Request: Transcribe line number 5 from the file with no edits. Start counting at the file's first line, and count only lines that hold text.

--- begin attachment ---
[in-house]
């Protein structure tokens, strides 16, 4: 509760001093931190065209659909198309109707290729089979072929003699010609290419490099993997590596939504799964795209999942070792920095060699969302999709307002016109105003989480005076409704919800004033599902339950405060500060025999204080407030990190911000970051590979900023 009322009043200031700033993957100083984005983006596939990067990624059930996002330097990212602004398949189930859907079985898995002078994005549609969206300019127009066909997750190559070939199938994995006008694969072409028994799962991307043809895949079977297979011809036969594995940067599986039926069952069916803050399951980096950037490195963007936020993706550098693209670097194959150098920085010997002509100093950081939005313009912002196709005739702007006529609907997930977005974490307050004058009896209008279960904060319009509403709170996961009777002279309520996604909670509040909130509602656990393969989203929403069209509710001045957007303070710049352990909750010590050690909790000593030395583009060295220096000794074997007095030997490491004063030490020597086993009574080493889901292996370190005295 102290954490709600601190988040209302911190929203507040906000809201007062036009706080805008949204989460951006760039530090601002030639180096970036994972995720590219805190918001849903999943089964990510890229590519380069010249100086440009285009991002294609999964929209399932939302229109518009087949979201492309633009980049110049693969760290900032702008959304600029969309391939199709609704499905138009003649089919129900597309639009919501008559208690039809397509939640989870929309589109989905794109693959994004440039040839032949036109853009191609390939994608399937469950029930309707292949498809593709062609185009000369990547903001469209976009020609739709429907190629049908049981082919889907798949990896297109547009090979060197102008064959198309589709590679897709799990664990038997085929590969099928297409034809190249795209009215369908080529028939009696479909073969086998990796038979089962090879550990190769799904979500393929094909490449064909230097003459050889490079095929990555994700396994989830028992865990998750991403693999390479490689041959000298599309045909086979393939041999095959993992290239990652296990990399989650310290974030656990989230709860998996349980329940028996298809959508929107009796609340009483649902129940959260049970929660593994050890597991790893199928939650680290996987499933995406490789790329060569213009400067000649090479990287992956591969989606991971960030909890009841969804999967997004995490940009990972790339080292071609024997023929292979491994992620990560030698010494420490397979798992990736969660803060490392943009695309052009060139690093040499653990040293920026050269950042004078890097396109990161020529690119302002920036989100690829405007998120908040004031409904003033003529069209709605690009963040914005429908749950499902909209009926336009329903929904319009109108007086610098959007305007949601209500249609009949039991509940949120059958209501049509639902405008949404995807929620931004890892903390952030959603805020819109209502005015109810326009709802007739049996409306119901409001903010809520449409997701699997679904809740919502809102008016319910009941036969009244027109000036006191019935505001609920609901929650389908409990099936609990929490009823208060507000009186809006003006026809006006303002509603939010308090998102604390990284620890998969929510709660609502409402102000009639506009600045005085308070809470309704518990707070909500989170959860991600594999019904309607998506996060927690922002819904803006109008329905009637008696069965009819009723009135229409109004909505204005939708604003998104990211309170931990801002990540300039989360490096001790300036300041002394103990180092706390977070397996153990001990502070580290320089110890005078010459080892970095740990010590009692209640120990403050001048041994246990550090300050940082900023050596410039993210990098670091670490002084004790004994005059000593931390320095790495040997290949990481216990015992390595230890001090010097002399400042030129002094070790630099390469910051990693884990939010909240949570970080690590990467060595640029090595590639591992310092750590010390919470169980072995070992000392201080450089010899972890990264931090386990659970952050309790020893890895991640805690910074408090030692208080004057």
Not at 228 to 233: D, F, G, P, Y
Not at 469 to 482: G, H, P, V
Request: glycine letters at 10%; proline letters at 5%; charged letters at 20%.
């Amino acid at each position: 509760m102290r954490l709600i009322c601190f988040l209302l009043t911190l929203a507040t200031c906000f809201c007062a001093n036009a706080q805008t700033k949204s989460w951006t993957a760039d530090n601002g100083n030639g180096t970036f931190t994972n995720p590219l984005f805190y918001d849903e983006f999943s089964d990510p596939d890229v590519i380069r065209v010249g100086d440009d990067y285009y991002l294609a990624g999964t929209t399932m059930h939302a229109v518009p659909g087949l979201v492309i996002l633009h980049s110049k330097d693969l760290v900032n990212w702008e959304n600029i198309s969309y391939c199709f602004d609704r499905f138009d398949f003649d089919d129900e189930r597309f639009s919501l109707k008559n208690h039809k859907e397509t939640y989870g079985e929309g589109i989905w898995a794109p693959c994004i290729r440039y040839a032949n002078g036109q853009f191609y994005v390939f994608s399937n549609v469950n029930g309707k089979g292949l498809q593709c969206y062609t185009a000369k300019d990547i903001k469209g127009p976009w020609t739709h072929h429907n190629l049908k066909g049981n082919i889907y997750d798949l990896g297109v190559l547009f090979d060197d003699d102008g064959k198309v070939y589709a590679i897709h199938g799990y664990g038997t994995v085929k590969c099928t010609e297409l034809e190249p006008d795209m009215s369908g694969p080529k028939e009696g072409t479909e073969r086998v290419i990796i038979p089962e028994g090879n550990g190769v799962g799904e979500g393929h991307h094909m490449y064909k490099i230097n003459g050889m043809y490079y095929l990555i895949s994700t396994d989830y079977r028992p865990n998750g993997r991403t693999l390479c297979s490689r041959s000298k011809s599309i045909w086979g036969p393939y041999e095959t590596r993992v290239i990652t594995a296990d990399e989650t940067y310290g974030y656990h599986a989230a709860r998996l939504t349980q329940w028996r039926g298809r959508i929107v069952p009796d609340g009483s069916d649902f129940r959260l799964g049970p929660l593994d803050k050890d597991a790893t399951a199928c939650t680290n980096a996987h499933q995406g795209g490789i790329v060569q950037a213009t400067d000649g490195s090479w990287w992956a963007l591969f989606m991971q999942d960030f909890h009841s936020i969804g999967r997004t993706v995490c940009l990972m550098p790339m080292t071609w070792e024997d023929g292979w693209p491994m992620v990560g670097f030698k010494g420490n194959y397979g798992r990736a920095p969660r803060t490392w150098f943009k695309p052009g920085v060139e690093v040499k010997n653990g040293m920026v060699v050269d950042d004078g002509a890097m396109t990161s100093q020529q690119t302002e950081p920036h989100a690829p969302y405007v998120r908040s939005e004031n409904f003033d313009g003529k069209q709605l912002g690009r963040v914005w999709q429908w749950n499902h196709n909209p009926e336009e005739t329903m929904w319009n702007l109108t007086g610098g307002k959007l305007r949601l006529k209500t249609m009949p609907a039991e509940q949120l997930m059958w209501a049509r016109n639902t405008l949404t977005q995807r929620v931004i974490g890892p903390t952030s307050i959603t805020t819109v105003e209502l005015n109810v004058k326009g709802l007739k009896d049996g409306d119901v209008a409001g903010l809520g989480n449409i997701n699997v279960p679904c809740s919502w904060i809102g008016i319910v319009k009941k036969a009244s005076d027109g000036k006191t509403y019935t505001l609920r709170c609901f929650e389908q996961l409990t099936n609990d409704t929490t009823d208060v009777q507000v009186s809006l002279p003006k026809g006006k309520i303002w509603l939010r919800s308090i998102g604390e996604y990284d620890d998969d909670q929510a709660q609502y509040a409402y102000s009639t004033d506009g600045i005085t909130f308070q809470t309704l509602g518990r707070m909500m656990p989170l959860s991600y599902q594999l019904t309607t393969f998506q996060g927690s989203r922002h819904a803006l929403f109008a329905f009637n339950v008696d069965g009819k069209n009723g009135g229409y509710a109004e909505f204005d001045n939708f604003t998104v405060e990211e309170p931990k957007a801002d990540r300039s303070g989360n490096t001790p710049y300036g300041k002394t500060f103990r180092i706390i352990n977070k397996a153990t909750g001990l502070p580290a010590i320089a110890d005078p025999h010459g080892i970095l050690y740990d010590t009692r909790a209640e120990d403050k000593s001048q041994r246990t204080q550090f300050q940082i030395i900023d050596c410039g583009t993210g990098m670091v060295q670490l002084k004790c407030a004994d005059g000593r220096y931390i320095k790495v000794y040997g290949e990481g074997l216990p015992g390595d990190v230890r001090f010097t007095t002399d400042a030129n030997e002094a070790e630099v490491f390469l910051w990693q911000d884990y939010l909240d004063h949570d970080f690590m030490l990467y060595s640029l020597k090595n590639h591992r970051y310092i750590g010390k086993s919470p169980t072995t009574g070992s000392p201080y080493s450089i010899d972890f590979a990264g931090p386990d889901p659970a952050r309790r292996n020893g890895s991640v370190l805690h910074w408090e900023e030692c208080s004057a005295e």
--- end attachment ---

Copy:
Request: glycine letters at 10%; proline letters at 5%; charged letters at 20%.